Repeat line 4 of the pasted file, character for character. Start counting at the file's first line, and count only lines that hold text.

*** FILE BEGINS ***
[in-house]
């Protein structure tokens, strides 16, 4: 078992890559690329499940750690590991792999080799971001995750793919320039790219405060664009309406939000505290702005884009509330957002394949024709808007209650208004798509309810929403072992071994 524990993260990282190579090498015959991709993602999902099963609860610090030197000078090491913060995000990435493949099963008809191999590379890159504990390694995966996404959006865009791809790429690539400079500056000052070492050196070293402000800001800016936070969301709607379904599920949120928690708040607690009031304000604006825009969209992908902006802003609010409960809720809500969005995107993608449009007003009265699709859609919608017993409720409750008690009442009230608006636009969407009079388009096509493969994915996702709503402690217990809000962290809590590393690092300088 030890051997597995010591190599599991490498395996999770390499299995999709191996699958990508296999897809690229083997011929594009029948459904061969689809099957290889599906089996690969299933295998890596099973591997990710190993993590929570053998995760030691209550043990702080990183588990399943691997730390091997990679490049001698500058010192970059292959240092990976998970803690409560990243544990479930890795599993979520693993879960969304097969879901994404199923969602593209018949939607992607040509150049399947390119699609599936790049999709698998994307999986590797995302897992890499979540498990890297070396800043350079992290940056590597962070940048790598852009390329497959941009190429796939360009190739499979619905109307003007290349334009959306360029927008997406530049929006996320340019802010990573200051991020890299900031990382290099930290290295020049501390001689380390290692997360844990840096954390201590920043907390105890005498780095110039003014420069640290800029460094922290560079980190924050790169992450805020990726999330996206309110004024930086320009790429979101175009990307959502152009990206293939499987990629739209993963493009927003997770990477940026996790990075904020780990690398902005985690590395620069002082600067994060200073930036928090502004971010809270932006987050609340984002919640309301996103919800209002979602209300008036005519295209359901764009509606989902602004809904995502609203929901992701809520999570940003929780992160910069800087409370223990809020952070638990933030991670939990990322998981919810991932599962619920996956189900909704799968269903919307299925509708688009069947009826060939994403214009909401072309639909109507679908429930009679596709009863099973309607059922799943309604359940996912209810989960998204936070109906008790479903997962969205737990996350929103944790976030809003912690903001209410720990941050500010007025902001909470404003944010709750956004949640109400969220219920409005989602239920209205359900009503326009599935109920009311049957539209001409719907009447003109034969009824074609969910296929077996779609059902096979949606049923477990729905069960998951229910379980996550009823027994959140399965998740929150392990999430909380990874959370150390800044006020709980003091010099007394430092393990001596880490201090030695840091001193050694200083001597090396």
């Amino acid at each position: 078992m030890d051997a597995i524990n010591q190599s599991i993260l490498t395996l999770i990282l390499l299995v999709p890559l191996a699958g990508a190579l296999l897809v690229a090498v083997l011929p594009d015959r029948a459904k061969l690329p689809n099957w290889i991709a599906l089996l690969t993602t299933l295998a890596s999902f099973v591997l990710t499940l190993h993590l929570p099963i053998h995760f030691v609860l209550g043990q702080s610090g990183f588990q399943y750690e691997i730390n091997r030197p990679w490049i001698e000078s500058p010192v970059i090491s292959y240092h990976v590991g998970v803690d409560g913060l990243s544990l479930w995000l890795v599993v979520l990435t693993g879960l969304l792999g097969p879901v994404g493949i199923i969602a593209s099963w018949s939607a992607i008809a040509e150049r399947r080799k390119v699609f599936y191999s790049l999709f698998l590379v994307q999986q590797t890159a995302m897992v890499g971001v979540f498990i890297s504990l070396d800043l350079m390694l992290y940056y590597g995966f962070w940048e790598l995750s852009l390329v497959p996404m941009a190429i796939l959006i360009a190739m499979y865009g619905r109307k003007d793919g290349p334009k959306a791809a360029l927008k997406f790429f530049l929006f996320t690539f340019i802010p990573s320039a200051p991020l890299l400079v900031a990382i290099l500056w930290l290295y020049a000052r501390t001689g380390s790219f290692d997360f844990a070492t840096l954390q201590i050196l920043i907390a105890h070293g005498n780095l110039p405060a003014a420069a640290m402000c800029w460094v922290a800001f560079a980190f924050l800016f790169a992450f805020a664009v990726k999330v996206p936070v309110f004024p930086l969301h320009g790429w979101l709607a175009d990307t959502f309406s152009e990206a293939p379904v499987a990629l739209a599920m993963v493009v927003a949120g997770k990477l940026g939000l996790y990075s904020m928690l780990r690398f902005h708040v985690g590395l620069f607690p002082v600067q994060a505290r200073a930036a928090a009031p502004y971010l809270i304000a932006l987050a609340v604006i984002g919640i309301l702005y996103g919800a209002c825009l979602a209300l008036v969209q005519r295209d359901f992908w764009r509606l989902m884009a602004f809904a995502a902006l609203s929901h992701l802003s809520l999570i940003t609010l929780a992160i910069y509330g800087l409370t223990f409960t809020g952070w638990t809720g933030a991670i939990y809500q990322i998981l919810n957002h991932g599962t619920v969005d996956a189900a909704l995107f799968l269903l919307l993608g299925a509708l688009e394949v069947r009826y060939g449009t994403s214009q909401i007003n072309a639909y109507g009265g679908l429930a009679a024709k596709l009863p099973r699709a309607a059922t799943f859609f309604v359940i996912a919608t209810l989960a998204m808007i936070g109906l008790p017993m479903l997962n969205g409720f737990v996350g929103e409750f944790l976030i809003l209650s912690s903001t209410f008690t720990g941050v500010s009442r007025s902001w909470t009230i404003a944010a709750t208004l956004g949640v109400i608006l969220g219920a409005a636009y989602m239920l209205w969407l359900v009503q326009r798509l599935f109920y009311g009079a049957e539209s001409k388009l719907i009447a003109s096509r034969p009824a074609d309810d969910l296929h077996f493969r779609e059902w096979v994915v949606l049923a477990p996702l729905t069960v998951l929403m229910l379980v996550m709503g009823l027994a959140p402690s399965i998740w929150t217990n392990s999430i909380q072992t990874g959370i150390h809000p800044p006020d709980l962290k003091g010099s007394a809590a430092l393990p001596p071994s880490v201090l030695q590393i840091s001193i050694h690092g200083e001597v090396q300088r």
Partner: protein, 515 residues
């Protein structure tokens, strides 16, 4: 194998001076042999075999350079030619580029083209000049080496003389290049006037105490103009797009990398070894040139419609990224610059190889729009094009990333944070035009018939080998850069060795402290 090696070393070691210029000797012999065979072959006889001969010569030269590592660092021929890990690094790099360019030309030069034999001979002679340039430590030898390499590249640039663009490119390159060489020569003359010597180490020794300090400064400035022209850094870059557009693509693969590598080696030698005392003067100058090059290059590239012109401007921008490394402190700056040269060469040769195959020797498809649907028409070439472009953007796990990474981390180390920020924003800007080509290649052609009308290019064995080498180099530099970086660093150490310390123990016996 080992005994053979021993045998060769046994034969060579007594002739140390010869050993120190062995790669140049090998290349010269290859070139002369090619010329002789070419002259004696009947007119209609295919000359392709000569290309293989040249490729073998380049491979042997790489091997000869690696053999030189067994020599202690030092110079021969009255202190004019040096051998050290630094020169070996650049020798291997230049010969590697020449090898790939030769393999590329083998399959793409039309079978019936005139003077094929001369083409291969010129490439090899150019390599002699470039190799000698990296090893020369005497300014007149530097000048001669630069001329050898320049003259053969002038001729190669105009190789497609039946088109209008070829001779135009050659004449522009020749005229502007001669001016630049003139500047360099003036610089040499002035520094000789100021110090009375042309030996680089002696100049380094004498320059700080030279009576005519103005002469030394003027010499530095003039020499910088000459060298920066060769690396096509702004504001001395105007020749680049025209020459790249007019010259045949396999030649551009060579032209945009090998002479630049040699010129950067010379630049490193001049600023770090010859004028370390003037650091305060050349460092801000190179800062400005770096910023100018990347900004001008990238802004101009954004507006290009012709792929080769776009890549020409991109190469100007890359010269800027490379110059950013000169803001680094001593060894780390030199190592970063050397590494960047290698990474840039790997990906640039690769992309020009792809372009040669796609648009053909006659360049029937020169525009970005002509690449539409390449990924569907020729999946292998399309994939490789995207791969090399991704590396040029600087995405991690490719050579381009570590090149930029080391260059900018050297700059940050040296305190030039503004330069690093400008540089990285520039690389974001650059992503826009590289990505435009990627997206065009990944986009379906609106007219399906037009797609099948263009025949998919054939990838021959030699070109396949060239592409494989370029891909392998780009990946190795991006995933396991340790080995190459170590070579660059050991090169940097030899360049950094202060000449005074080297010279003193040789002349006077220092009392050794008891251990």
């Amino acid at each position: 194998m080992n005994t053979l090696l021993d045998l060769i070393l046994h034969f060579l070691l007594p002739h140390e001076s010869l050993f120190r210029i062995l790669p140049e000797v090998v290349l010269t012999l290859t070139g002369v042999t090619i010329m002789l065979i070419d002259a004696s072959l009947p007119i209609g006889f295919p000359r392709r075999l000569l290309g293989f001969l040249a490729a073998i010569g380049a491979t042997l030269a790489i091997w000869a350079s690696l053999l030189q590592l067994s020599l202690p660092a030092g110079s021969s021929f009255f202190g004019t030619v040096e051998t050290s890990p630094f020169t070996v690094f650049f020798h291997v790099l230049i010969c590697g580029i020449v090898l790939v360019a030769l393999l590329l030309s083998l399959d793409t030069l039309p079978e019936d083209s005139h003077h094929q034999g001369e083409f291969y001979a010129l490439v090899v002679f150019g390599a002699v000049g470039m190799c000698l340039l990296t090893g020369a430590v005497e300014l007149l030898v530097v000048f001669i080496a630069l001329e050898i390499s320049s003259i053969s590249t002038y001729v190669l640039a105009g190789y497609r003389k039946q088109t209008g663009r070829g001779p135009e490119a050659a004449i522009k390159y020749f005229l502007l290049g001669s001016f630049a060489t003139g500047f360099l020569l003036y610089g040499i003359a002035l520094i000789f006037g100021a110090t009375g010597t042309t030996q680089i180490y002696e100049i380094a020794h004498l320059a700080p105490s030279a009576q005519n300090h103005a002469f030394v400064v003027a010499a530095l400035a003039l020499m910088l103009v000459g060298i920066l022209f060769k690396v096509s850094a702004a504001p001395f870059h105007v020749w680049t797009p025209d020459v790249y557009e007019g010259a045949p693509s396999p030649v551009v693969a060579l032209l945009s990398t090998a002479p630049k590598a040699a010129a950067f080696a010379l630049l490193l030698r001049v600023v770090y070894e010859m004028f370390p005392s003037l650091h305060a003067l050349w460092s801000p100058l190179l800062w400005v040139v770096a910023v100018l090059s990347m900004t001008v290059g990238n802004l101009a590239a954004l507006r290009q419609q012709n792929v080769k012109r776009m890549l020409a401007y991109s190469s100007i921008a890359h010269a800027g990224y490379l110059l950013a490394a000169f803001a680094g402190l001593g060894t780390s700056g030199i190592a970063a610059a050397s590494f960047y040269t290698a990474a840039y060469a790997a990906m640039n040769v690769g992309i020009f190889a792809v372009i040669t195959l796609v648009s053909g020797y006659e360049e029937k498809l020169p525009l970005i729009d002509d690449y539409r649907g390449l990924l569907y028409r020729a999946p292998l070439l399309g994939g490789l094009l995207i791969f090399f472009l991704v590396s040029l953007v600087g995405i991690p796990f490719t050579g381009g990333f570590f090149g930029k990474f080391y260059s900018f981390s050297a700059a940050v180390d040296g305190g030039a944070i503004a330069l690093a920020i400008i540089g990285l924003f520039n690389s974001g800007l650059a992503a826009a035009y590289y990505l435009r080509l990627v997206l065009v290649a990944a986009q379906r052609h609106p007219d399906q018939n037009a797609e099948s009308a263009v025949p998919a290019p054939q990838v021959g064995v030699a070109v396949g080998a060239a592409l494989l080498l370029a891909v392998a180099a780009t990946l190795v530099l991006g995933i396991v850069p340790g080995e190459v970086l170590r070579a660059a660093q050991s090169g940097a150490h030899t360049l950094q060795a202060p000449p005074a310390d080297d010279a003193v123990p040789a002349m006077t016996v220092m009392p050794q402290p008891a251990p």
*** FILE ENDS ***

Partner: protein, 515 residues